More often, he discusses patterns and themes. In his commentary on “The Darling” by Anton Chekhov — a story in which a woman repeatedly adopts the enthusiasms of the latest person she loves — Saunders says:
Suddenly questions arise about the nature of love…. We want to believe that love is singular and exclusive, and it unnerves us to think that it might actually be renewable and somewhat repetitive in its habits. Would your current partner ever call his or her new partner by the same pet name he/she uses for you, once you are dead and buried? Well, why not? There are only so many pet names. Why should that bother you? Well, because you believe it is you, in particular, who is loved (that is why dear Ed calls you “honey-bunny”), but no: love just is, and you happened to be in the path of it. When, dead and hovering above Ed, you hear him call that rat Beth, your former friend, “honey-bunny” … you, in spirit form, are going to think somewhat less of Ed, and of Beth, and maybe of love itself. Or will you? Maybe you won’t. Because don’t we all do some version of this, when in love? When your lover dies or leaves you, there you are, still yourself, with your particular way of loving. And there is the world, still full of people to love.
There’s a lot of good material in the book, but nevertheless I have a couple of quibbles. One is that the book lacks an index, and hence will be hard to refer to. If, a couple of years down the line, you find yourself thinking that Saunders said something useful about patterning, but you can’t remember exactly what it was — well, good luck finding it without re-reading the entire book! This points to a wider issue with books about writing: it’s easy to assume they’re helpful, but harder to prove it. The problem is that while you’re reading Saunders’ wise words and nodding along, you might think you’re learning something, and you might believe that all your future stories will benefit from this masterful exposition of craft — but is that really true, or is it all just (as my old Granny used to say) “in one ear, and out the other”? How do you translate a feeling of insight into an actual improvement in your work?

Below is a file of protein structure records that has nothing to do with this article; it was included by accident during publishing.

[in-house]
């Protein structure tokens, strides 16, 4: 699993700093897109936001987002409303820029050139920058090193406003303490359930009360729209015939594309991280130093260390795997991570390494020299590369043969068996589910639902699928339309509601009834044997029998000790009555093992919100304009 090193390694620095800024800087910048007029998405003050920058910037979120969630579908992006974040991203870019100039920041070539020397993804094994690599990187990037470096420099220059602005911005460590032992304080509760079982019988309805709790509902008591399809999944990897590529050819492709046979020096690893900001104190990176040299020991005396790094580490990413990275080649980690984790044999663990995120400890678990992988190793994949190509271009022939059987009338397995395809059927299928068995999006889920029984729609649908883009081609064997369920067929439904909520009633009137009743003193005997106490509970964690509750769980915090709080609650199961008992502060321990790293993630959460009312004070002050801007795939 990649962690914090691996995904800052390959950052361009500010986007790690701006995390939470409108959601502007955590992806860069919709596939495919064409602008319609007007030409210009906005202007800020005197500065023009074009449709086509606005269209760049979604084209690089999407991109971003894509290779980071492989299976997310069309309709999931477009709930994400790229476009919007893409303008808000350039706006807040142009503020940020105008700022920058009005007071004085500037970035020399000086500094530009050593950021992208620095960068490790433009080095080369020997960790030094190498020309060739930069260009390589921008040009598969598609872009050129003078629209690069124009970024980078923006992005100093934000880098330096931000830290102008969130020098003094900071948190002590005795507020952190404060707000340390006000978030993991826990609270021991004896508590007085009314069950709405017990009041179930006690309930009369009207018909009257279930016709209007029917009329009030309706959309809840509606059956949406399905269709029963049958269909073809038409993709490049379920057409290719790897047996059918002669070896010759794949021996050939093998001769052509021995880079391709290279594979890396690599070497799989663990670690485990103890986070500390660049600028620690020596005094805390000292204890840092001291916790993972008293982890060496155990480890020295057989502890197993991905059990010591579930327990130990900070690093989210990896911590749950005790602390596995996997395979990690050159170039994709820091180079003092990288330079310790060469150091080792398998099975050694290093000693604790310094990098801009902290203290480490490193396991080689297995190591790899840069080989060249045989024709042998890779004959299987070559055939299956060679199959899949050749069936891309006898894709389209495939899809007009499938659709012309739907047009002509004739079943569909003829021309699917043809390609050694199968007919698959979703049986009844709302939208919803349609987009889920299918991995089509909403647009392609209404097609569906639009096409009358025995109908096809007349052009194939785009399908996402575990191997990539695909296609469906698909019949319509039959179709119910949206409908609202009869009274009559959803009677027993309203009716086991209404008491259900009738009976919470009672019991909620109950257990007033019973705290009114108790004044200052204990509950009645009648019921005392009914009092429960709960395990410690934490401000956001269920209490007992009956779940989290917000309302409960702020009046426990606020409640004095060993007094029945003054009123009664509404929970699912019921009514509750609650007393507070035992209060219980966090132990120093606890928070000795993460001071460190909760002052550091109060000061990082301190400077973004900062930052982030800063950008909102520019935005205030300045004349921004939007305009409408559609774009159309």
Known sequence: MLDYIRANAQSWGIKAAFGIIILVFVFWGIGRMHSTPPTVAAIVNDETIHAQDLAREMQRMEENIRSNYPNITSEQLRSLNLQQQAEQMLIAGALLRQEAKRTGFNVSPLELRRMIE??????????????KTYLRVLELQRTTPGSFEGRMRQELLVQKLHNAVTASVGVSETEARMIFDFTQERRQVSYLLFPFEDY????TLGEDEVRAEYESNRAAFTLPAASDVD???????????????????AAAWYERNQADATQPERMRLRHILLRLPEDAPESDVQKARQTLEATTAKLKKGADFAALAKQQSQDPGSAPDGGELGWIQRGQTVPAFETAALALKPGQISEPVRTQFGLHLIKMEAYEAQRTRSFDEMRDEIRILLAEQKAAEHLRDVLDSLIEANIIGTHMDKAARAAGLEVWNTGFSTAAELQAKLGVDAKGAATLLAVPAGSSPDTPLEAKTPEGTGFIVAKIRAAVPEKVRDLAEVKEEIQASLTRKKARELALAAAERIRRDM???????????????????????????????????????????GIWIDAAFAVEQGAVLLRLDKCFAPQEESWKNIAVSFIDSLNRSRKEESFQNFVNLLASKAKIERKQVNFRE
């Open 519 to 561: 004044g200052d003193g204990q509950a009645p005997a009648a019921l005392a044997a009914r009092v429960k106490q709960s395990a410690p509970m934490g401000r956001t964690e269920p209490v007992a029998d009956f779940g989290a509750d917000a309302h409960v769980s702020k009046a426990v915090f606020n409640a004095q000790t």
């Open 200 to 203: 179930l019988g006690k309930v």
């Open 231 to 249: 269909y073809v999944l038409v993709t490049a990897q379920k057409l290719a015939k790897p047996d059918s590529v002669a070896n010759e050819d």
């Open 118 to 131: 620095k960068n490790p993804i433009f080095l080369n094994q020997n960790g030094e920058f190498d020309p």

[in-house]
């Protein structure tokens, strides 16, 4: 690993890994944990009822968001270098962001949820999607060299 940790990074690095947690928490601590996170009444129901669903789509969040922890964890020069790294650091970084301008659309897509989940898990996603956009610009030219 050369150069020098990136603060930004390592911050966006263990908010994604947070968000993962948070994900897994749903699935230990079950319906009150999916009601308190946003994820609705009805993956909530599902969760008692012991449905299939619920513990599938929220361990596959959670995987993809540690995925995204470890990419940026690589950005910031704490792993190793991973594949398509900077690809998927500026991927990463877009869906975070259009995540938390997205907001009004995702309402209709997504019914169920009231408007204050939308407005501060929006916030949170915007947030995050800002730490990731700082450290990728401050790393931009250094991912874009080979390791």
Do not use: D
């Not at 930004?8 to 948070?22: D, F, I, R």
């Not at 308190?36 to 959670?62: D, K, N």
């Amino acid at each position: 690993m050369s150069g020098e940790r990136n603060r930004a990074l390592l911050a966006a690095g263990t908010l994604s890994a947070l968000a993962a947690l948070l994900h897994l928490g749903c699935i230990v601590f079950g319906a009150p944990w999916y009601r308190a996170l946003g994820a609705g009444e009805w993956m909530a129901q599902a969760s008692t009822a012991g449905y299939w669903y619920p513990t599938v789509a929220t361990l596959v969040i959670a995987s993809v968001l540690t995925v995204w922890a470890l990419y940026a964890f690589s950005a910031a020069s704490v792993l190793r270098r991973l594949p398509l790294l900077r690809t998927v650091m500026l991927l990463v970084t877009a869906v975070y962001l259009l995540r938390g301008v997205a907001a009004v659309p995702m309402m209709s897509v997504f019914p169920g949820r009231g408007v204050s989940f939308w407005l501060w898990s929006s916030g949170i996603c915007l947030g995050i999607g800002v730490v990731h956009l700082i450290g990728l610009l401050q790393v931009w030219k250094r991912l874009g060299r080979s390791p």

Another issue is the question of whether nineteenth-century techniques will actually fly in a twenty-first century marketplace. I commented above that modern SFF mostly uses a narrow range of techniques. If a writer deviates from the Standard Workshop Template and submits something different, e.g. a story using omniscient viewpoint that encompasses two decades in ten pages, will this be greeted rapturously by editors and lauded for its freshness, or receive form rejections sent by twenty-something slush readers who only ever read contemporary genre fiction and don’t understand that other approaches are possible? Of course, the SFF genre’s paucity of imagination is not Saunders’ fault, so I don’t mean this as a criticism of his book; I mean it more as a caveat about the book’s utility for modern genre writers.
As it happens, there is an SFF equivalent of George Saunders’ book. It’s Science Fiction 101 by Robert Silverberg (also published as Robert Silverberg’s Worlds of Wonder). In this book, Silverberg reprints thirteen classic SF stories and adds his own commentaries upon them. He doesn’t go into as much depth as Saunders — the ratio of analysis to original text is lower — but it’s a similar approach, albeit with a different emphasis. While Saunders frequently examines the narrative at the level of scenes, paragraphs and sentences, Silverberg more often delivers an overview that focuses on how the science-fictional premise is handled, and how the story is structured. Sometimes he will frankly admit that the prose is plain and the characterisation is nonexistent, but he then explains that the narrative is doing different things that don’t require fancy imagery or distinguishable characters. Even though Silverberg’s analysis is more superficial than Saunders’ deep dives, it’s still an interesting book that new SFF writers might find helpful. However, the stories that Silverberg examines mostly date from the 1950s, and may fall foul of contemporary progressive sensibilities, so perhaps the time is ripe for someone to publish a similar book analysing modern SFF stories.
Ian Creasey lives in Yorkshire, England. He has published numerous SF and Fantasy short stories, including the collection The Shapes of Strangers (NewCon Press, 2019).